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Jay Skurski's Bills Mailbag: Should fans be worried Josh Allen hasn't signed yet?

Welcome to the period of the NFL calendar teams dread most.

The six-week break from the end of spring practices to the start of training camp gives players a chance to reconnect with their families and get some much-needed rest. It also provides them the sort of free time that scares teams, because that's when bad decisions can be made. Surely, that was part of Sean McDermott's message before the team raced out of One Bills Drive this week.

Let's get to this week's mailbag:

Mike Busch asks: Should we be concerned Josh Allen hasn’t signed yet?

Jay: In a word, no. Rookie contracts in the NFL are slotted based on draft position. That means the hardest part of a usual negotiation – money – isn’t an issue. There can still be some minor hang-ups over contract language and structure. Two years ago, the Chargers’ Joey Bosa held out after the two sides couldn’t agree on whether his deal would have offset language – meaning the team could recoup some money if it cut him and he signed elsewhere before the end of the contract. Bosa also wanted his bonus payments scheduled differently, and sat out until the end of August.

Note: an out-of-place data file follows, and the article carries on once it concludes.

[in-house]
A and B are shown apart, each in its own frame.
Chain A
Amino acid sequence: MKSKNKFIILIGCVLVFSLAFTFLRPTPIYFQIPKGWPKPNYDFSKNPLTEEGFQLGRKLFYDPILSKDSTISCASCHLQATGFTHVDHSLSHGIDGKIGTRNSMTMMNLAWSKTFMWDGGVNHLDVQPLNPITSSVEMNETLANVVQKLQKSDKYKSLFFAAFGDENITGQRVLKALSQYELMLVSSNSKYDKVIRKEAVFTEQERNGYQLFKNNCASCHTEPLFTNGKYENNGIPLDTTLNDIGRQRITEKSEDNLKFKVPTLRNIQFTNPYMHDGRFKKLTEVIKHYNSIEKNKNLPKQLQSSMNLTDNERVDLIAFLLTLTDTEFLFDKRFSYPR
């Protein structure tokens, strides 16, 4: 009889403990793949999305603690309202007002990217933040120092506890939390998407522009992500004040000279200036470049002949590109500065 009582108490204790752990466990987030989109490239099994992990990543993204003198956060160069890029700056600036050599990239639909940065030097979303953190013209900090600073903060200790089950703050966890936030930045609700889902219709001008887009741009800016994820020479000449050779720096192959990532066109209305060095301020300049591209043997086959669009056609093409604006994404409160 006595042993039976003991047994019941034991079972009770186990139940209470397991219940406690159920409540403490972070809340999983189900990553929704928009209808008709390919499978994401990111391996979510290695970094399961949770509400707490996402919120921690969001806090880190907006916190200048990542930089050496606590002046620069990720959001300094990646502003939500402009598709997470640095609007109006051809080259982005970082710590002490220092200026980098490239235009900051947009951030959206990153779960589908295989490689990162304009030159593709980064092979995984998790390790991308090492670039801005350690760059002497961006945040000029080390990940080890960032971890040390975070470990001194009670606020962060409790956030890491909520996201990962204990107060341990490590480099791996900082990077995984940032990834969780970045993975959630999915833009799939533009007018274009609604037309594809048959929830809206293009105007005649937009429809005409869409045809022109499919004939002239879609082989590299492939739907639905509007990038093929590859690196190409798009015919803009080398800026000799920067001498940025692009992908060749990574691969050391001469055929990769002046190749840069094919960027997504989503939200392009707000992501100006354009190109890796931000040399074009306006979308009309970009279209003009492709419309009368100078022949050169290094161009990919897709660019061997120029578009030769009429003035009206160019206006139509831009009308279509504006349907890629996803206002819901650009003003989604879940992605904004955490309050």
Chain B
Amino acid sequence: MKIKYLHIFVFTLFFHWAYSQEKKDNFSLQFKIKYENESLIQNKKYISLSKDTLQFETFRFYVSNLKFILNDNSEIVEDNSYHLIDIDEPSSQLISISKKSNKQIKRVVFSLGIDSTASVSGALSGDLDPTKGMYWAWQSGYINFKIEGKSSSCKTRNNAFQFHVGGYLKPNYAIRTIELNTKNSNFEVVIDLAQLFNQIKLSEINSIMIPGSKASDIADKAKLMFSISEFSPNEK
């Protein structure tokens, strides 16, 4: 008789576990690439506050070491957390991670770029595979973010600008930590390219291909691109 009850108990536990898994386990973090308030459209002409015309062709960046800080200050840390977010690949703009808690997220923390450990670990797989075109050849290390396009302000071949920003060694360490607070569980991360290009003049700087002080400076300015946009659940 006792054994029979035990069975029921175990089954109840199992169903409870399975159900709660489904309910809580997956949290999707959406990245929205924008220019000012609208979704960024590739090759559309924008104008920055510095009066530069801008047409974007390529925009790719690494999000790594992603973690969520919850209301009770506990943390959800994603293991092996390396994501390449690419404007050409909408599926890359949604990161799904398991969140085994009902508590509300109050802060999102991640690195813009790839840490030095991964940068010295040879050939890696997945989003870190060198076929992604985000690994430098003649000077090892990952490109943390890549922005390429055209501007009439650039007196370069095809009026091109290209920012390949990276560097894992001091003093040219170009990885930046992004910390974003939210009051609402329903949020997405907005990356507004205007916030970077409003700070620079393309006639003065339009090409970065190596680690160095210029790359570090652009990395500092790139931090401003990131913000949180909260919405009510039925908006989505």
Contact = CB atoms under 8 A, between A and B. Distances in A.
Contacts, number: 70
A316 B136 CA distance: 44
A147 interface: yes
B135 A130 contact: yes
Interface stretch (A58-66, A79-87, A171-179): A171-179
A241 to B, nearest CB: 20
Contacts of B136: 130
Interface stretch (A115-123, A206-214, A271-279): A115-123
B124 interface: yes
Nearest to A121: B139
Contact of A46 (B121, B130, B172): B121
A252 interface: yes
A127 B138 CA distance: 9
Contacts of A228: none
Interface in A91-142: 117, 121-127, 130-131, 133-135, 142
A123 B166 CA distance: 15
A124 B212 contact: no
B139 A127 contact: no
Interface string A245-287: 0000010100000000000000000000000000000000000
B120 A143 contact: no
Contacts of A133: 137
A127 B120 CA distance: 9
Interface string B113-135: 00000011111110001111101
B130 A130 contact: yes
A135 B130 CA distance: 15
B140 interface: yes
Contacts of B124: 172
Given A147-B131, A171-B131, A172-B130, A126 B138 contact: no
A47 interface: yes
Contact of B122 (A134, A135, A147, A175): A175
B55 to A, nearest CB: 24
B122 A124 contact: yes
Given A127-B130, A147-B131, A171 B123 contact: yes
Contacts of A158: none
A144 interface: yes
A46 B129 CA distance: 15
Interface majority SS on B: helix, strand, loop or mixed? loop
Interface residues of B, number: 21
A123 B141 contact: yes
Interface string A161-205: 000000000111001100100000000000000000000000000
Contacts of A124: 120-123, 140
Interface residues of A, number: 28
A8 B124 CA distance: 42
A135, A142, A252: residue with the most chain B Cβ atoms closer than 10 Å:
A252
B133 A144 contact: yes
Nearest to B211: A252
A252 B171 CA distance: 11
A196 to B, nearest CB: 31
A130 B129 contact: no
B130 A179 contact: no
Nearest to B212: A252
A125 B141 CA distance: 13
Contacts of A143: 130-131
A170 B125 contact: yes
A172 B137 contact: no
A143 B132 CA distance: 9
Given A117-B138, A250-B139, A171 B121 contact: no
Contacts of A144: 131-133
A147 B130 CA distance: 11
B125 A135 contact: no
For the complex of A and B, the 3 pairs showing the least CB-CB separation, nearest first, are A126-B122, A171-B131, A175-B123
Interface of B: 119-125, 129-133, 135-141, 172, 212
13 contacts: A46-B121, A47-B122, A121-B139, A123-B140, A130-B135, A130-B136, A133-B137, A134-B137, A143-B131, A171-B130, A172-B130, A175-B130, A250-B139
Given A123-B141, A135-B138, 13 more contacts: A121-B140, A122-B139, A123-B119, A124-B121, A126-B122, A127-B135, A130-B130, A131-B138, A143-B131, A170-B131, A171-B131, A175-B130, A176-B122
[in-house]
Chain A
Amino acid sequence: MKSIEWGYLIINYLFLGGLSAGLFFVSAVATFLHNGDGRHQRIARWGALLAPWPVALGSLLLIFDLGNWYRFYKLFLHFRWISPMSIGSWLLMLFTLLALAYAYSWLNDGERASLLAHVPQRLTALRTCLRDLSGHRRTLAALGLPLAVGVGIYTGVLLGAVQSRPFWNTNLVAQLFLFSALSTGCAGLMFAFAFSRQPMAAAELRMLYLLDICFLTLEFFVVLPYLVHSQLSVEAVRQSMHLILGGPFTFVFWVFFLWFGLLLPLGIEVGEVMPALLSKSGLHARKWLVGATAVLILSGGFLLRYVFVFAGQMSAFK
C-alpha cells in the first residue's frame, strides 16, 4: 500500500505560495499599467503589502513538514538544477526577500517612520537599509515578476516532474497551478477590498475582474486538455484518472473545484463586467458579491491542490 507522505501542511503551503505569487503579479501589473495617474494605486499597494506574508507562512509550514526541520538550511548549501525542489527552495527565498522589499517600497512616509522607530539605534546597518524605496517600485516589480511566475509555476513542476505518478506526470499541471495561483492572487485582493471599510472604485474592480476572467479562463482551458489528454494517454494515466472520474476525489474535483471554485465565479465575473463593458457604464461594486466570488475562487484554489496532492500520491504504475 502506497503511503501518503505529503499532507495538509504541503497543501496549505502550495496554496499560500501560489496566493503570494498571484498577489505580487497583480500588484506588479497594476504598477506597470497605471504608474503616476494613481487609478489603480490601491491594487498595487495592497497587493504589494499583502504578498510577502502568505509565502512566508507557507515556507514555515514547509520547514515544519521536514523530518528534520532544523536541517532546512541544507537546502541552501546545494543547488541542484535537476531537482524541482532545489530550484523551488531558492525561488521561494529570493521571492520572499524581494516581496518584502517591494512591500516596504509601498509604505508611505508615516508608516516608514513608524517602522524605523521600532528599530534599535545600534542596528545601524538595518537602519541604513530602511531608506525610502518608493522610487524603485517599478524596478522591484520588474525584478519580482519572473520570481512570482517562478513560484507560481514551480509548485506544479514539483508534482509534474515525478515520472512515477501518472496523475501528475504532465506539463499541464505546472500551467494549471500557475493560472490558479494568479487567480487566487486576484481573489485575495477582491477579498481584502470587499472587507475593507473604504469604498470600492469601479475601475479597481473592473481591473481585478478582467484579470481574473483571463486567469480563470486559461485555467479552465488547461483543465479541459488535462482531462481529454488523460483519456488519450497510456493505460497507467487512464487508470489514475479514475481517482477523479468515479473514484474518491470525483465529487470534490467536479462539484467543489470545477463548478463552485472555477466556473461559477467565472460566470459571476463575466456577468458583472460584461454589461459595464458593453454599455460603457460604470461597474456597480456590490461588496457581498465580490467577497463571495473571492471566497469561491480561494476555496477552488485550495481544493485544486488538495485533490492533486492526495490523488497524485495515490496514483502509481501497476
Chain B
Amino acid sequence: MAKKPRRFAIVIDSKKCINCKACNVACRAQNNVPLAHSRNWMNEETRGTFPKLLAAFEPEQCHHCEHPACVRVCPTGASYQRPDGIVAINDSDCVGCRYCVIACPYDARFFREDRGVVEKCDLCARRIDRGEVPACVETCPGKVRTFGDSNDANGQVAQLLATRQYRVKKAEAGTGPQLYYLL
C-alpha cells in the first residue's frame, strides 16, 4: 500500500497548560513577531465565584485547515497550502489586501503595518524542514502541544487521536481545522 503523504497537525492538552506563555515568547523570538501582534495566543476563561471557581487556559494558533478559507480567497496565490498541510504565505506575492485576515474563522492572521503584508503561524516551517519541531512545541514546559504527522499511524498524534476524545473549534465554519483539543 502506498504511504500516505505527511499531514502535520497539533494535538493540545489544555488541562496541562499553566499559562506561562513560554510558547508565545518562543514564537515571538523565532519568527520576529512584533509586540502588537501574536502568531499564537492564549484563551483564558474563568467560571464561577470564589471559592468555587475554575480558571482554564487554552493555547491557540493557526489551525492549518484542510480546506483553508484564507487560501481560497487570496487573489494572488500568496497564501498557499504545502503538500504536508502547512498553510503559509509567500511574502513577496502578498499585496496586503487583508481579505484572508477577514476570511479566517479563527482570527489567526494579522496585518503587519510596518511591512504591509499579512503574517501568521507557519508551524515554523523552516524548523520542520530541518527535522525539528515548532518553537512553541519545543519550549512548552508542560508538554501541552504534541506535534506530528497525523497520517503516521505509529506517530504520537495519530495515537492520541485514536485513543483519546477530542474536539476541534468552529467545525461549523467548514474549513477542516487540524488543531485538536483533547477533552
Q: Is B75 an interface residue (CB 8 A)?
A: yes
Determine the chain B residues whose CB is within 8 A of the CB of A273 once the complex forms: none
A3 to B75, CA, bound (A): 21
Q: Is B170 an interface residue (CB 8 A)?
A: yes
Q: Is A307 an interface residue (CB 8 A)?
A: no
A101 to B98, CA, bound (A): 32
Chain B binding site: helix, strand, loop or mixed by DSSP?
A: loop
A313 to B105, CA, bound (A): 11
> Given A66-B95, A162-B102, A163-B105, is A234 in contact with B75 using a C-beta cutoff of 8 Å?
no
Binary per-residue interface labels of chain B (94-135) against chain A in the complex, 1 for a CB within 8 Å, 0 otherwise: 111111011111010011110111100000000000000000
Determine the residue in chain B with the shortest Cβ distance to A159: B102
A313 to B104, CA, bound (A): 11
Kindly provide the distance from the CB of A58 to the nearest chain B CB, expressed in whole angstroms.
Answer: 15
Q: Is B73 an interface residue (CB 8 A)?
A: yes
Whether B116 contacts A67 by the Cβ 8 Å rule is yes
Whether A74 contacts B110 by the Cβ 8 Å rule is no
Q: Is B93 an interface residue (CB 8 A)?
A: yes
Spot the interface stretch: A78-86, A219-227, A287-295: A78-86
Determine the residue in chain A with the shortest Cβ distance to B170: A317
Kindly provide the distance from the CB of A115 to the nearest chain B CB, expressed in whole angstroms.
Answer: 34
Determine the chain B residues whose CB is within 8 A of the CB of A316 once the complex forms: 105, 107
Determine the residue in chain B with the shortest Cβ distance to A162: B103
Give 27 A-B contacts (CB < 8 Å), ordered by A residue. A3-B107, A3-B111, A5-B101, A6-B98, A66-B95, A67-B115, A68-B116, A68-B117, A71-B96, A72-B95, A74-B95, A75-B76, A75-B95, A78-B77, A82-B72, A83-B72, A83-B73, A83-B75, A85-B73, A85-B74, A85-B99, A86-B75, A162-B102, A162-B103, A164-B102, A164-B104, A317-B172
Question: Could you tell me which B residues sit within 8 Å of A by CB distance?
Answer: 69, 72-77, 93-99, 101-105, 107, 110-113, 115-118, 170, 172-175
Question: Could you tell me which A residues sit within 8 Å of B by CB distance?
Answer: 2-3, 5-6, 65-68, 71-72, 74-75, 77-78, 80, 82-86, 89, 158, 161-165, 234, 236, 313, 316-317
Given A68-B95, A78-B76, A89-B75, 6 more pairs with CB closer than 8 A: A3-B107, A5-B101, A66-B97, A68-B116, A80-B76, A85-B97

That’s rare, though. There were three unsigned rookies last year as teams reported to training camp – the 49ers’ Solomon Thomas, the Titans’ Corey Davis and the Raiders’ Gareon Conley. All three were under contract before the start of August, so they missed very little time.

It’s worth noting that the Bills had last year’s first-round pick, cornerback Tre’Davious White, under contract by May. It’s obviously taking a little longer with Allen, the No. 7 overall pick, but that’s not a reason to worry right now. When Allen does sign his deal, it will be worth slightly more than the four-year, $19.75 million last year’s No. 7 overall pick, the Chargers’ Mike Williams, got.

Patrick Schrader asks: Who’s returning kicks and punts this year?